If anyone from Faber & Faber is reading this, then feel free to get in touch and offer me a deal!

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Thoughts on Kipling’s ‘Just So Stories’

how the elephant got its trunk

It’s taken me quite a while to get around to writing this post, as it’s been a good few weeks since I read the book. I’ve put it off for a bit as well, as I am slightly unsure what to say about this collection. Don’t get me wrong- I did enjoy reading it.

Rudyard Kipling’s ‘Just So Stories’ was published in 1902, and in general the tales included are intended to explain to children how several animals came to look or act how they do. Those stories that concern the appearance of animals are inventive and show a clever knowledge of both animal behaviours and the basis of Darwin’s theory of evolution, as each of the stories suggest that the features developed to assist in the plot of the story appear as adaptations (such as the kangaroo’s legs in ‘The Sing-Song of Old Man Kangaroo’) or are passed on to offspring (as at the end of ‘The Elephant’s Child’). However, I particularly enjoyed the two interconnected tales ‘How the First Letter was Written’ and ‘How the Alphabet was Made’, as they provide a vaguely plausible and interesting take on the appearance of writing- even if their invention of our Latin alphabet is rather suspect. Another personal favourite in the collection is the last story, ‘The Butterfly that Stamped’, as I thought that whilst the premise was a tad sexist, the surreal nature of the tale and the sheer whimsy of the plot stand this story apart from the rest of them, with their being no particular message or meaning behind it.

I was also taken slightly by Kipling’s writing style in this book, as I had expected these works for children to be of a slightly higher lexical complexity than modern children’s books, simply from the time that they were written. However, I hadn’t quite expected the style to be such that it emulated Biblical texts (i.e. the Book of Genesis) in its repetition and use of almost identical passages. Similarly, I hadn’t realised prior to reading that Kipling produced all of the illustrations in the book, and I was very impressed by just how good and inventive these are. I have reproduced one of the most famous at the top of this post, which was included in the story ‘The Elephant’s Child’.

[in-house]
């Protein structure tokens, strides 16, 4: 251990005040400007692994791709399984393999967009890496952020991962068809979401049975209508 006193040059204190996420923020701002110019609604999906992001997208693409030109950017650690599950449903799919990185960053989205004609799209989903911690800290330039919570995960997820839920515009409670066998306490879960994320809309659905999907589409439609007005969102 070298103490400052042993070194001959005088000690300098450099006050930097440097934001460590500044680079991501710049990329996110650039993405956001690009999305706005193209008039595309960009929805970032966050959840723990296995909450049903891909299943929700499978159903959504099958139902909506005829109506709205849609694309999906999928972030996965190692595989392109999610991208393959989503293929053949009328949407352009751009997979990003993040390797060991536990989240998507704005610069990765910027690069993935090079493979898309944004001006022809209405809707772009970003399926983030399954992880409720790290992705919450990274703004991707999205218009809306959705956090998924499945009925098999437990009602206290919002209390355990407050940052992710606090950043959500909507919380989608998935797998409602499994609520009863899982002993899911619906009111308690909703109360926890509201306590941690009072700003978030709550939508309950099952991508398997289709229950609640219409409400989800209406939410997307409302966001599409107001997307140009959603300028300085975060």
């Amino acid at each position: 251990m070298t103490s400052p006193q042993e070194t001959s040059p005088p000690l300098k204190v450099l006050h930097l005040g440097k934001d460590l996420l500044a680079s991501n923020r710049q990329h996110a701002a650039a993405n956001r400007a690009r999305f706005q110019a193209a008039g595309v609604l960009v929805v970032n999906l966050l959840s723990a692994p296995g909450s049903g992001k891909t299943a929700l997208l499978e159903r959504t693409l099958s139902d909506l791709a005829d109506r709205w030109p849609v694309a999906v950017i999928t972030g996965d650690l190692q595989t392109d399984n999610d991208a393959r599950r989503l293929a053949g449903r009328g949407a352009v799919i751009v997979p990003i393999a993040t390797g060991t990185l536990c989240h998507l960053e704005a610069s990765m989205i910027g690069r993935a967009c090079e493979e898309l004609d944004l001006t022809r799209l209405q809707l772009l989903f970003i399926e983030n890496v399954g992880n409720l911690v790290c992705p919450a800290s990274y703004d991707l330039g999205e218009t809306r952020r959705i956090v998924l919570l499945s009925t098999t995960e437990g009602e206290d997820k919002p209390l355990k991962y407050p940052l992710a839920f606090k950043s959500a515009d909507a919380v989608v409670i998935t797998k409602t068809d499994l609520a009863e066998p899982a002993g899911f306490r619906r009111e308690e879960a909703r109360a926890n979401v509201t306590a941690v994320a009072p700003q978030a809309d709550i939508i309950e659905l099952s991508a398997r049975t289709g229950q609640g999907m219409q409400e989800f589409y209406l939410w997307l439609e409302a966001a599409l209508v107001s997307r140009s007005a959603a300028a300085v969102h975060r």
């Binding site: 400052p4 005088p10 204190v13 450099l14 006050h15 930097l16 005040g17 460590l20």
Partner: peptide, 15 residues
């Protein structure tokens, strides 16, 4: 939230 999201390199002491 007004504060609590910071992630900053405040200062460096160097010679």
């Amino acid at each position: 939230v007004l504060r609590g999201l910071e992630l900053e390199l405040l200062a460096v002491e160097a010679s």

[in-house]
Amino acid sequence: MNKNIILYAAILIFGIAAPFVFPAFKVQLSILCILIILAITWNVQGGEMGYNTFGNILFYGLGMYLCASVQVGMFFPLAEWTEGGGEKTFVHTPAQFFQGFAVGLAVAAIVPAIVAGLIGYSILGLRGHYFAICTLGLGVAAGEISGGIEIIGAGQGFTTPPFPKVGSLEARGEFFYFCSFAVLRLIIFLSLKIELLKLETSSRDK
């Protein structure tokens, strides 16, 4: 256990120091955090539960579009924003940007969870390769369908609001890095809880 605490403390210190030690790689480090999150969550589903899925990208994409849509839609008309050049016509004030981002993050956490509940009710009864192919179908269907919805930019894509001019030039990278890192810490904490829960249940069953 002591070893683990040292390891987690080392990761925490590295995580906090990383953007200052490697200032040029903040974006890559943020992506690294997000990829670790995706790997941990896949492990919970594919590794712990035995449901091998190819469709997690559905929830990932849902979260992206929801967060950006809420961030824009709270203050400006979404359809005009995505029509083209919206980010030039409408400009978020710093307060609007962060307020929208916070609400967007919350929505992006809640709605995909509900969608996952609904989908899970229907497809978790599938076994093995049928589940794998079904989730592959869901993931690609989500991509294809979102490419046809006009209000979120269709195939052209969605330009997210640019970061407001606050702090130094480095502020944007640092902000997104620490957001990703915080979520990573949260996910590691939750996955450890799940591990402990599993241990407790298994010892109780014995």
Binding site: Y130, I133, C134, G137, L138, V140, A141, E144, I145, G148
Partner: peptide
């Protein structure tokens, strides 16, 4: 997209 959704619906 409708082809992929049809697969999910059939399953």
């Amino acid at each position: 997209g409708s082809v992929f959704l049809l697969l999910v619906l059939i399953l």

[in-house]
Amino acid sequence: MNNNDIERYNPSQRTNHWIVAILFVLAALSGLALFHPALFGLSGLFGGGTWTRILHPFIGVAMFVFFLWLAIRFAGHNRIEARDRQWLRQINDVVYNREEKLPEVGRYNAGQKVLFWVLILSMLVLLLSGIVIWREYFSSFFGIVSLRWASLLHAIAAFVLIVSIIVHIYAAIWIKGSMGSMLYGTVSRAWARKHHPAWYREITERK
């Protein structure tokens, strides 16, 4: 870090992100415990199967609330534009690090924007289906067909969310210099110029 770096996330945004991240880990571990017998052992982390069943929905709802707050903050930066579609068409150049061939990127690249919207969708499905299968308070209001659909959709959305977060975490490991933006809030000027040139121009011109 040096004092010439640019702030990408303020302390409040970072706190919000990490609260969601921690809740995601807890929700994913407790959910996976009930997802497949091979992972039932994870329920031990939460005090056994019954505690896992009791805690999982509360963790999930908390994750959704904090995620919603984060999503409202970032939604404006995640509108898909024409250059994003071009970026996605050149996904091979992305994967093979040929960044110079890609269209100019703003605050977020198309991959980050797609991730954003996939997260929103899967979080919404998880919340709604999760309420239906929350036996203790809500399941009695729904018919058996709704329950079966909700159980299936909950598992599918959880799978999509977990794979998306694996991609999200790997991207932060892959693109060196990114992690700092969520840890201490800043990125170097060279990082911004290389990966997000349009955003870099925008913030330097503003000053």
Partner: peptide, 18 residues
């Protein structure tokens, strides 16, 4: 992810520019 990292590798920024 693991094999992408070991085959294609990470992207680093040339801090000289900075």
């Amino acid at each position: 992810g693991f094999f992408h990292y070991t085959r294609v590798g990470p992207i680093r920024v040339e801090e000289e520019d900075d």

I think that my enjoyment of this book was tempered somewhat by having read Ted Hughes’ Kipling-esque ‘How the Whale Became’ many years ago, as I expected this to be a more faithful indication of what the original book was like than it actually is, and missed the sense of humour that Hughes added to his work. It was with Hughes’ work in mind that I produced my own such story several years ago, ‘How the Platypus Became so Weird’, which I am planning on re-editing for inclusion in a collection of short stories that I am going to begin working on this coming week (more on this to come). However, in all it was a fairly decent book, and is something that i would read again- although I think that I may ‘dip into’ the book next time, or read a tale here or there in between other books.

Lastly, I would just like to commend the cover art of the edition that I read (and which i bought a few months ago- see this previous book-purchases post):

just so stories

I can’t really put my finger on why I like this Penguin Modern Classics edition- I think it’s just the simplicity and the slight playfulness of the tail. On an interesting note: this book has now been issued as a standard black Classic, presumably because it is now over 100 years old. One to add to the discussion, if you remember one of my previous posts.

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Life update #4

It’s been a week since I last posted anything on here, and I am aware that I’ve been getting somewhat behind on my posts; there’s a backlog of 4 ‘Thoughts on…’ posts that I hope to complete, as well as several other things that have caught my eye over the past few days. It’s not even as though I’ve been particularly busy lately, either. I usually post things on here in an evening or in the early hours of the morning, and it’s simply been that I’ve been way too tired to sit up thinking strenuously about literature, archaeology or other such things. I’ve also been feeling rather miserable lately, in part due to the depressing state of the weather, and the uncertainty about my job, as the process of finding out about my hours and pay has seemed to drag on and on. However- I can now smile! I still don’t have a start date, but at least I now know (thanks to an email I picked up last night) that my hours and pay are sorted, and should start the week after next. I still feel quite lacklustre in general at the moment for no particular reason, but at least I know that I will be able to provide a Christmas for my family, and that we should be secure for the near future.

On another point, I am also very close to having edited and redrafted the book of poems that I announced the completion of in draft form in a previous post, and hope to have them completely finished by the new year. Then, I can try to get them published, but just have to pluck up the courage to actually submit. I will do, though. I just need a little faith in myself.

Lastly, not so much a life point, but this blog seems to be stuck at the moment on the number of followers I have, as no-one has followed it for quite a while now. PLEASE spread the word and tell people you know about it! Share my posts on Facebook, and ‘like’ the Facebook page facebook.com/electricpuppetblog. Thank you! And look out for a few new posts that I should be getting up soon!

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Thoughts on ‘Metamorphosis and other stories’